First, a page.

Some Israeli politicians have begun to argue that a big ground offensive would play into Hamas’s hands, drawing the IDF into urban fighting for which Hamas has surely prepared ambushes and booby traps. It would also cause significant civilian deaths and damage to infrastructure in Gaza, which would create international pressure for a ceasefire. Israeli strikes have already killed more than 7,000 Palestinians in the enclave, according to the Hamas-run health ministry. “I don’t want us to get bogged down there without achieving our goal of dismantling Hamas,” says Naftali Bennett, who served a one-year stint as prime minister until June 2022.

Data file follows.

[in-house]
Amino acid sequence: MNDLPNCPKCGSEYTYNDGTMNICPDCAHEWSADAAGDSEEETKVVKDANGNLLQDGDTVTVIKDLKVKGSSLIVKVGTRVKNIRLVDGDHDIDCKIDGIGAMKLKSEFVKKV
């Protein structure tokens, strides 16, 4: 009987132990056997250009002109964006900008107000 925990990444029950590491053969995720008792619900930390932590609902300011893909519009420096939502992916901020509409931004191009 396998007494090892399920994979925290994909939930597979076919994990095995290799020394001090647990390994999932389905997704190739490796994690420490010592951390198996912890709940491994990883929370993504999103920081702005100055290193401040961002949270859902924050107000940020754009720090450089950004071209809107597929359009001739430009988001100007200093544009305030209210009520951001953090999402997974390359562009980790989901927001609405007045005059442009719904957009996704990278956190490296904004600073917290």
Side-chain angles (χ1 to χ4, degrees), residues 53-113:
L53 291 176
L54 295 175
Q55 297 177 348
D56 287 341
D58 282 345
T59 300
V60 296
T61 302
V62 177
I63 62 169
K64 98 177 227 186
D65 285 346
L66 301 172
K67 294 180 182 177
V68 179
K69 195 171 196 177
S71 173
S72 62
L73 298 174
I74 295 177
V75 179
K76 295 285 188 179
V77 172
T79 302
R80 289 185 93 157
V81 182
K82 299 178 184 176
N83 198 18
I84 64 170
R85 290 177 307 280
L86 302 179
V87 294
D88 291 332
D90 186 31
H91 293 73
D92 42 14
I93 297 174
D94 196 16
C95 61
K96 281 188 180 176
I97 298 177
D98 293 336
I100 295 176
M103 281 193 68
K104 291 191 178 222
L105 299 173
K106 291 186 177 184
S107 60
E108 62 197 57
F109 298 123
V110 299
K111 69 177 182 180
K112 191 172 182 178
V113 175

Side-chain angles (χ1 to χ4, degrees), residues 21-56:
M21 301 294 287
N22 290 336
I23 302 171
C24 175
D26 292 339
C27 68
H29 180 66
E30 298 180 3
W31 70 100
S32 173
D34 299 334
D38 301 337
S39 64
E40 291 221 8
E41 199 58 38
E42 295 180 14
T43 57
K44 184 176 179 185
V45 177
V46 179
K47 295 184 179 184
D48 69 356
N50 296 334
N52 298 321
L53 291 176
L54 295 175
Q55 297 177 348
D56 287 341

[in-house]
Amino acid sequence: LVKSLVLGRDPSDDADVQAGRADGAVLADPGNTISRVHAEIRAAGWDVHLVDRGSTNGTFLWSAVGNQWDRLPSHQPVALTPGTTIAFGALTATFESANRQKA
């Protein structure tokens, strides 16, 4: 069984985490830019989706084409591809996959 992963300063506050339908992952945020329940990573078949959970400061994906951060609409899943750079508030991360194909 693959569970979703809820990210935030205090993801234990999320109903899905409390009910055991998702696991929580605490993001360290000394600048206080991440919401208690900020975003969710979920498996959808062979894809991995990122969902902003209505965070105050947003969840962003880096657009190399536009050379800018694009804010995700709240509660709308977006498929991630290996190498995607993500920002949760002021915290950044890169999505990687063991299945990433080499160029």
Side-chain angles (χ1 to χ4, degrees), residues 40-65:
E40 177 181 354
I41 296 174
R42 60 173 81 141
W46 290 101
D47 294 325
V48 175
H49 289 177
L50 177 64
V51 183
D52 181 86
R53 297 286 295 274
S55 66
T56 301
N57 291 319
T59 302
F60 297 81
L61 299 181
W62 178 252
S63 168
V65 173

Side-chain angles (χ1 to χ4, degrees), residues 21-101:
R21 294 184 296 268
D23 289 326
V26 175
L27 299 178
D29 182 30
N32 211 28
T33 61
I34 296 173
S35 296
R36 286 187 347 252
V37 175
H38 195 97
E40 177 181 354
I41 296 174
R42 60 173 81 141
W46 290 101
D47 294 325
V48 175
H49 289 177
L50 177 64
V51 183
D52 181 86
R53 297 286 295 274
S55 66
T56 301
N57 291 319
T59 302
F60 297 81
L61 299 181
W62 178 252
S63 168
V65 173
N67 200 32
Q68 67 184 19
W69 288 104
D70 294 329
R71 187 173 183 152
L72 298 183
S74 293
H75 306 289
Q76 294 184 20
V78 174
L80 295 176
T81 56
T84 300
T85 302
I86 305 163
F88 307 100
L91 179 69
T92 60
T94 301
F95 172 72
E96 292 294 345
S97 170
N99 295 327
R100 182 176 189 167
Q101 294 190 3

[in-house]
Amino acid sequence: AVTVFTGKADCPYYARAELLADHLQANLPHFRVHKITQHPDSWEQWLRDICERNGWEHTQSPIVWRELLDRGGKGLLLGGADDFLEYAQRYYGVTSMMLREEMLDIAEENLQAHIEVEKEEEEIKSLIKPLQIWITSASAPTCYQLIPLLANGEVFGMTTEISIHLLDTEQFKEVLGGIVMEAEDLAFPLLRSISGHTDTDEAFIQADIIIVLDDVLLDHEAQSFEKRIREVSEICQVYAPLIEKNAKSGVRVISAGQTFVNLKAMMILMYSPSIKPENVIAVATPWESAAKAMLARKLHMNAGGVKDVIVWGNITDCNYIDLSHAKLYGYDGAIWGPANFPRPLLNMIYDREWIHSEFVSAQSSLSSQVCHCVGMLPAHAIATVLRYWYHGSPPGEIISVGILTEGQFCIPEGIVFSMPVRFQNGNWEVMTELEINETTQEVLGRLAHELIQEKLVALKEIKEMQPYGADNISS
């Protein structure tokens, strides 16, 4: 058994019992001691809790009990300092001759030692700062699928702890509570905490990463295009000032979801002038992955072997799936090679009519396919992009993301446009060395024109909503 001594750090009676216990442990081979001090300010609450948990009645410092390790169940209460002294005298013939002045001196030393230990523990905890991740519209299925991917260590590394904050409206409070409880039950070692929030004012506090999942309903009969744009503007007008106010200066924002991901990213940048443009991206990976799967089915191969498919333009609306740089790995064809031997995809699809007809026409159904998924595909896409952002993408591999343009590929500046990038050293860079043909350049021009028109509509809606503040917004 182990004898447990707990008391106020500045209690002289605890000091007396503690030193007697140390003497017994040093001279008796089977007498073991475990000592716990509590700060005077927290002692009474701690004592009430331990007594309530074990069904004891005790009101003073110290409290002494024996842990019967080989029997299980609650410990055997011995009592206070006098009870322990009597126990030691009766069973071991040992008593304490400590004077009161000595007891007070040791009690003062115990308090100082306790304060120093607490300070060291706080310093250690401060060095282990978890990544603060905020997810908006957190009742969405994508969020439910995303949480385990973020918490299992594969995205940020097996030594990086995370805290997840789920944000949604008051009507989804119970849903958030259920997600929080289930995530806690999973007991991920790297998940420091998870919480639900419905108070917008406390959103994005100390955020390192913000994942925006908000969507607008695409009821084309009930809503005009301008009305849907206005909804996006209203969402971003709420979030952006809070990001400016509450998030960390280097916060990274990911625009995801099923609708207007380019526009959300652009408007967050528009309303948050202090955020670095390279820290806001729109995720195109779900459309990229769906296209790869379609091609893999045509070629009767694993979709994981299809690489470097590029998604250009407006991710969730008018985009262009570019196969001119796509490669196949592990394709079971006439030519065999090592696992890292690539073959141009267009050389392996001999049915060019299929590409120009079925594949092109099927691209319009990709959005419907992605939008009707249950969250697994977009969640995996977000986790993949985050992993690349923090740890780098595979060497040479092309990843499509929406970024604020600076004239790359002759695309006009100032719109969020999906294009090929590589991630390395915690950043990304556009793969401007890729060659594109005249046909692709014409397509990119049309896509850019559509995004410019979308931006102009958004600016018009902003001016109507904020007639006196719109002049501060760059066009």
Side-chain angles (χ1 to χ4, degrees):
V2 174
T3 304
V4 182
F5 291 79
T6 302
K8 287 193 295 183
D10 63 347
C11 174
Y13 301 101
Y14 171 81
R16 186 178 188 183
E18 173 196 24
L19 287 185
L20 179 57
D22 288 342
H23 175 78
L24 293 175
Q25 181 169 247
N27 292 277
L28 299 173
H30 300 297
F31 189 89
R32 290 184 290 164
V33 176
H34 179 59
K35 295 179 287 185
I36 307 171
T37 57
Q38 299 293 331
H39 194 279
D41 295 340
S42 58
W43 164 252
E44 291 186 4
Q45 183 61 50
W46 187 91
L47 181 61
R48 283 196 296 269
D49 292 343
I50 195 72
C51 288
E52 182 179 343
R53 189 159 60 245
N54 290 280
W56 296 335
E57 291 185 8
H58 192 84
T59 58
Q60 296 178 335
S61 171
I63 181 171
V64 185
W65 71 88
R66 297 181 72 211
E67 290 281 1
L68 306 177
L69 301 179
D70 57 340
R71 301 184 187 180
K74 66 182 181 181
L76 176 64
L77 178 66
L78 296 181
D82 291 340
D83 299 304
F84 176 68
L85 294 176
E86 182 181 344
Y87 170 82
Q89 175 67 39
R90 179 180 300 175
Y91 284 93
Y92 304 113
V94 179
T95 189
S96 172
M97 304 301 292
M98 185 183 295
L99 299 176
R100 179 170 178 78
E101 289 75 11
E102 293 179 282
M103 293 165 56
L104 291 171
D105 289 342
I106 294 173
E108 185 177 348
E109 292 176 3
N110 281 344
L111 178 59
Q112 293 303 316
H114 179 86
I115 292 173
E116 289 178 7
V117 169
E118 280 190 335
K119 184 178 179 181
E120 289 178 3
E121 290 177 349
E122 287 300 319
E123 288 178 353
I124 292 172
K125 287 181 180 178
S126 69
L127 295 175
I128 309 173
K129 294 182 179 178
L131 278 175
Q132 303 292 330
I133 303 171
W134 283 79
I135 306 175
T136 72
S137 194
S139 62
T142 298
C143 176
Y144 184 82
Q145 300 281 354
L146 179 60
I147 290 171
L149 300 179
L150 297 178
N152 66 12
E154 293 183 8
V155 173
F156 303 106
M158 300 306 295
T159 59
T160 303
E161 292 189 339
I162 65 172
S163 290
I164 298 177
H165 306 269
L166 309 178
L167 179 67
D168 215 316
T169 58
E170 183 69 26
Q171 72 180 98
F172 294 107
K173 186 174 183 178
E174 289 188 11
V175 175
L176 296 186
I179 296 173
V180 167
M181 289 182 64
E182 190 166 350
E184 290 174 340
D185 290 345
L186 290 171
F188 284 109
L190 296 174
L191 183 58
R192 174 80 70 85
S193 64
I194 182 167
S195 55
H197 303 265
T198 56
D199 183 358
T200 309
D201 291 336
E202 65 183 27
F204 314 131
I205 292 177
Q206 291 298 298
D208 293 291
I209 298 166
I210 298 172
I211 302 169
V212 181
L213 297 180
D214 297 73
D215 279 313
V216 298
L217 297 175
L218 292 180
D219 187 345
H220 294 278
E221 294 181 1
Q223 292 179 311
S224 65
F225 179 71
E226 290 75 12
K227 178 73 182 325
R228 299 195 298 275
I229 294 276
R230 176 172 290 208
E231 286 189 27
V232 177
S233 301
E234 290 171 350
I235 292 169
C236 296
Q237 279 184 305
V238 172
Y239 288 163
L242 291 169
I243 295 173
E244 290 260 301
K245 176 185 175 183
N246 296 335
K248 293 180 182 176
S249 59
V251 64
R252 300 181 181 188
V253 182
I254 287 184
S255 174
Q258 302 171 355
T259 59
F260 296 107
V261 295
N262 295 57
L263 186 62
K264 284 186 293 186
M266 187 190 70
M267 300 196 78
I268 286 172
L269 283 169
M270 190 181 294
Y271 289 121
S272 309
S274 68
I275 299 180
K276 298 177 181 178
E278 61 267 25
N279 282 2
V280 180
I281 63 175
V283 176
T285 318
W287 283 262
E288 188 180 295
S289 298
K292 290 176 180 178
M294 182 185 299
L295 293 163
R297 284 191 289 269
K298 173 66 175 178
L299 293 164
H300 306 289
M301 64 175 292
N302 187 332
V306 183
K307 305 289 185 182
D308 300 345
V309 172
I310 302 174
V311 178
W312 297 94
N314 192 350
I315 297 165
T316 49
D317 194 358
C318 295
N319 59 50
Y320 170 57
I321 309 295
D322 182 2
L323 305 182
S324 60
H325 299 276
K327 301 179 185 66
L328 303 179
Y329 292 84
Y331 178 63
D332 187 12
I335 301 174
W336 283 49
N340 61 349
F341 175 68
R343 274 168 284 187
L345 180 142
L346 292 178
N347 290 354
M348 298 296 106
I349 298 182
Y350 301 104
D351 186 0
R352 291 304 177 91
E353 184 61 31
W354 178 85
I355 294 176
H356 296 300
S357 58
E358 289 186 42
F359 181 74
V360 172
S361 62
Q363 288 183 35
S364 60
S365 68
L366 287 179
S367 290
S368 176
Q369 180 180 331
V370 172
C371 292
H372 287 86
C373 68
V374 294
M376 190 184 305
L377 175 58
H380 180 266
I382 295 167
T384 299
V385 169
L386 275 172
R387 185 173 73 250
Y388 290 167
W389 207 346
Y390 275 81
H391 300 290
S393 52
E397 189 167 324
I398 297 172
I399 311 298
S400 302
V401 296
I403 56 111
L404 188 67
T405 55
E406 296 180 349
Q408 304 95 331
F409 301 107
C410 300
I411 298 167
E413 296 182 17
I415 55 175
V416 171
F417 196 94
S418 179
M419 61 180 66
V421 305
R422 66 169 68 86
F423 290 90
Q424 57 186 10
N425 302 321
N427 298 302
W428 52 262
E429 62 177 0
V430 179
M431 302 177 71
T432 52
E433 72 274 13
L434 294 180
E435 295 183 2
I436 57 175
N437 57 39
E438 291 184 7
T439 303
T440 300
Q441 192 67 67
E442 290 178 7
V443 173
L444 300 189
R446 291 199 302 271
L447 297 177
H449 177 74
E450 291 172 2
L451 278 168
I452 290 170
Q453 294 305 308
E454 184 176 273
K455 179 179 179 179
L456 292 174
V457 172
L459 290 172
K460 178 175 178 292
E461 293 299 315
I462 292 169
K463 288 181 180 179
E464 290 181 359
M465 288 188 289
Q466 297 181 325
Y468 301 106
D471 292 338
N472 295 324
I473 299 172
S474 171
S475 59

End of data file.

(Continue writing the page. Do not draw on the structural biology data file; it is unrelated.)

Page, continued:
A slower campaign would rely, in effect, on siege tactics. Hamas has stockpiled fuel, food and other essentials in its labyrinth of tunnels. At some point, though, supplies will run out: a lack of fuel for generators would mean no fresh air or lights underground, which would force Hamas to surface. “Hamas doesn’t expect this at all. It expects a ground invasion for three to six weeks,” Mr Bennett argues.

Israel’s tactics are constrained already by the more than 220 hostages abducted on October 7th by Hamas and other factions. Their families have put pressure on the Israeli government to prioritise their release. So have foreign governments: at least 41 countries have citizens in captivity (around a quarter of the hostages are thought to be migrant farm workers from Thailand). Hamas has released just four women thus far. There are ongoing talks, mostly via Qatar, the Gulf state which is one of Hamas’s patrons, to free more.